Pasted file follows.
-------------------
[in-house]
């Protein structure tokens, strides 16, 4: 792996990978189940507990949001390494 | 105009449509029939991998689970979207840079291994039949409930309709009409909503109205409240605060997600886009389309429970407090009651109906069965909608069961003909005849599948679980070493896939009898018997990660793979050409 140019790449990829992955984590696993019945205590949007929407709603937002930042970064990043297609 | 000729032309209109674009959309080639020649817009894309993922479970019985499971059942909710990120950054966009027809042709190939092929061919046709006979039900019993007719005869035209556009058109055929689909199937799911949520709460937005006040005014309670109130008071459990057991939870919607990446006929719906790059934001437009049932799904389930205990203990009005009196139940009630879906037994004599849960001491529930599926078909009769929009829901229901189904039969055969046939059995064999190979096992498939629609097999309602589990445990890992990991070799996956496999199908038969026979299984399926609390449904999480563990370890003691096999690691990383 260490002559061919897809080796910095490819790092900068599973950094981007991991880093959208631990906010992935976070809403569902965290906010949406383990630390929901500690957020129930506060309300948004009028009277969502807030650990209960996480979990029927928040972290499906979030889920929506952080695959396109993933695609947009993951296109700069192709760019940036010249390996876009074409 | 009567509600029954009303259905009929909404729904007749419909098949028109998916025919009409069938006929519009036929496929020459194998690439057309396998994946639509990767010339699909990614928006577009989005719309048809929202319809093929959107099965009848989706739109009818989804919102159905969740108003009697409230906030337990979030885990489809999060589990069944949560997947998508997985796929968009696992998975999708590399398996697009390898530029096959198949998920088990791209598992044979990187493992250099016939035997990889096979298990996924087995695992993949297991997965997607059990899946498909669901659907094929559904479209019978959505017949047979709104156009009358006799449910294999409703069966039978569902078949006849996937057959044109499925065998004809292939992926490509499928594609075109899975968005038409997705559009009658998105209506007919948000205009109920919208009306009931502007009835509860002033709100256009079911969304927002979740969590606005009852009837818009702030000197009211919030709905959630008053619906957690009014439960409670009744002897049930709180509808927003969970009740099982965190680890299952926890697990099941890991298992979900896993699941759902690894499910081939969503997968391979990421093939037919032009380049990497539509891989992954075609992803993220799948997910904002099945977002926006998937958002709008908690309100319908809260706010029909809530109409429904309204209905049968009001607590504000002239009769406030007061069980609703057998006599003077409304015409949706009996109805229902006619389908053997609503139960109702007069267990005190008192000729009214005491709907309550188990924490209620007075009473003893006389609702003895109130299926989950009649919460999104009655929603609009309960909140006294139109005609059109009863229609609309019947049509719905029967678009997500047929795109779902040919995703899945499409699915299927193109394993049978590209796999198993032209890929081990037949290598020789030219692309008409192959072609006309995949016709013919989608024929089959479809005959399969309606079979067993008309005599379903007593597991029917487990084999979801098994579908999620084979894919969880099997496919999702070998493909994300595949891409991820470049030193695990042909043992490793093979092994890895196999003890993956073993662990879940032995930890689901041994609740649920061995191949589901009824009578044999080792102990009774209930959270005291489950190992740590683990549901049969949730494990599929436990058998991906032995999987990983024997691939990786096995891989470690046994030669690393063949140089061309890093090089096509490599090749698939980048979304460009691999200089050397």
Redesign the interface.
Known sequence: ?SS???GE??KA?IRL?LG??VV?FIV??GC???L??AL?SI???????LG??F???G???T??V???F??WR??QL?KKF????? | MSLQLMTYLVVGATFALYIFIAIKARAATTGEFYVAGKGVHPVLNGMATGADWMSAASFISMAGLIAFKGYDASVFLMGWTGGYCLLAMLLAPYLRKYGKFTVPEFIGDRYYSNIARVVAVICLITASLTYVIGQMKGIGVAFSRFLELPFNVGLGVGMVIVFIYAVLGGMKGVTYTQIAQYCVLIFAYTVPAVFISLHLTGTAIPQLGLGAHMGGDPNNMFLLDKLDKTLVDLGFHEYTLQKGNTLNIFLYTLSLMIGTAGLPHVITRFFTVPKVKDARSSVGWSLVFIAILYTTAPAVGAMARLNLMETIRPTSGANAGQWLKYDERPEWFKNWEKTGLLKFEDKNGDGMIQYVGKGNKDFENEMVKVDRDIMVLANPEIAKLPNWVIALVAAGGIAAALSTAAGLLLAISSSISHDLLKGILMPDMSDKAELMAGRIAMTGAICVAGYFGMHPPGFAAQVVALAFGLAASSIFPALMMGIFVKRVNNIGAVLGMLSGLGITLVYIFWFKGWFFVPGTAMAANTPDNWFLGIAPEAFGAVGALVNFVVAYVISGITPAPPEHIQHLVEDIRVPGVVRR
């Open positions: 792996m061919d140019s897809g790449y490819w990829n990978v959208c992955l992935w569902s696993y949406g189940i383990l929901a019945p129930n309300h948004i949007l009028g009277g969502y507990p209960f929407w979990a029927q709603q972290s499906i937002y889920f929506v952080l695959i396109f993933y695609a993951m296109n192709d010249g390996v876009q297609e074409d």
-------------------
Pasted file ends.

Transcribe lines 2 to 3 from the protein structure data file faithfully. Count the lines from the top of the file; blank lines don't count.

């Protein structure tokens, strides 16, 4: 792996990978189940507990949001390494 | 105009449509029939991998689970979207840079291994039949409930309709009409909503109205409240605060997600886009389309429970407090009651109906069965909608069961003909005849599948679980070493896939009898018997990660793979050409 140019790449990829992955984590696993019945205590949007929407709603937002930042970064990043297609 | 000729032309209109674009959309080639020649817009894309993922479970019985499971059942909710990120950054966009027809042709190939092929061919046709006979039900019993007719005869035209556009058109055929689909199937799911949520709460937005006040005014309670109130008071459990057991939870919607990446006929719906790059934001437009049932799904389930205990203990009005009196139940009630879906037994004599849960001491529930599926078909009769929009829901229901189904039969055969046939059995064999190979096992498939629609097999309602589990445990890992990991070799996956496999199908038969026979299984399926609390449904999480563990370890003691096999690691990383 260490002559061919897809080796910095490819790092900068599973950094981007991991880093959208631990906010992935976070809403569902965290906010949406383990630390929901500690957020129930506060309300948004009028009277969502807030650990209960996480979990029927928040972290499906979030889920929506952080695959396109993933695609947009993951296109700069192709760019940036010249390996876009074409 | 009567509600029954009303259905009929909404729904007749419909098949028109998916025919009409069938006929519009036929496929020459194998690439057309396998994946639509990767010339699909990614928006577009989005719309048809929202319809093929959107099965009848989706739109009818989804919102159905969740108003009697409230906030337990979030885990489809999060589990069944949560997947998508997985796929968009696992998975999708590399398996697009390898530029096959198949998920088990791209598992044979990187493992250099016939035997990889096979298990996924087995695992993949297991997965997607059990899946498909669901659907094929559904479209019978959505017949047979709104156009009358006799449910294999409703069966039978569902078949006849996937057959044109499925065998004809292939992926490509499928594609075109899975968005038409997705559009009658998105209506007919948000205009109920919208009306009931502007009835509860002033709100256009079911969304927002979740969590606005009852009837818009702030000197009211919030709905959630008053619906957690009014439960409670009744002897049930709180509808927003969970009740099982965190680890299952926890697990099941890991298992979900896993699941759902690894499910081939969503997968391979990421093939037919032009380049990497539509891989992954075609992803993220799948997910904002099945977002926006998937958002709008908690309100319908809260706010029909809530109409429904309204209905049968009001607590504000002239009769406030007061069980609703057998006599003077409304015409949706009996109805229902006619389908053997609503139960109702007069267990005190008192000729009214005491709907309550188990924490209620007075009473003893006389609702003895109130299926989950009649919460999104009655929603609009309960909140006294139109005609059109009863229609609309019947049509719905029967678009997500047929795109779902040919995703899945499409699915299927193109394993049978590209796999198993032209890929081990037949290598020789030219692309008409192959072609006309995949016709013919989608024929089959479809005959399969309606079979067993008309005599379903007593597991029917487990084999979801098994579908999620084979894919969880099997496919999702070998493909994300595949891409991820470049030193695990042909043992490793093979092994890895196999003890993956073993662990879940032995930890689901041994609740649920061995191949589901009824009578044999080792102990009774209930959270005291489950190992740590683990549901049969949730494990599929436990058998991906032995999987990983024997691939990786096995891989470690046994030669690393063949140089061309890093090089096509490599090749698939980048979304460009691999200089050397």
Redesign the interface.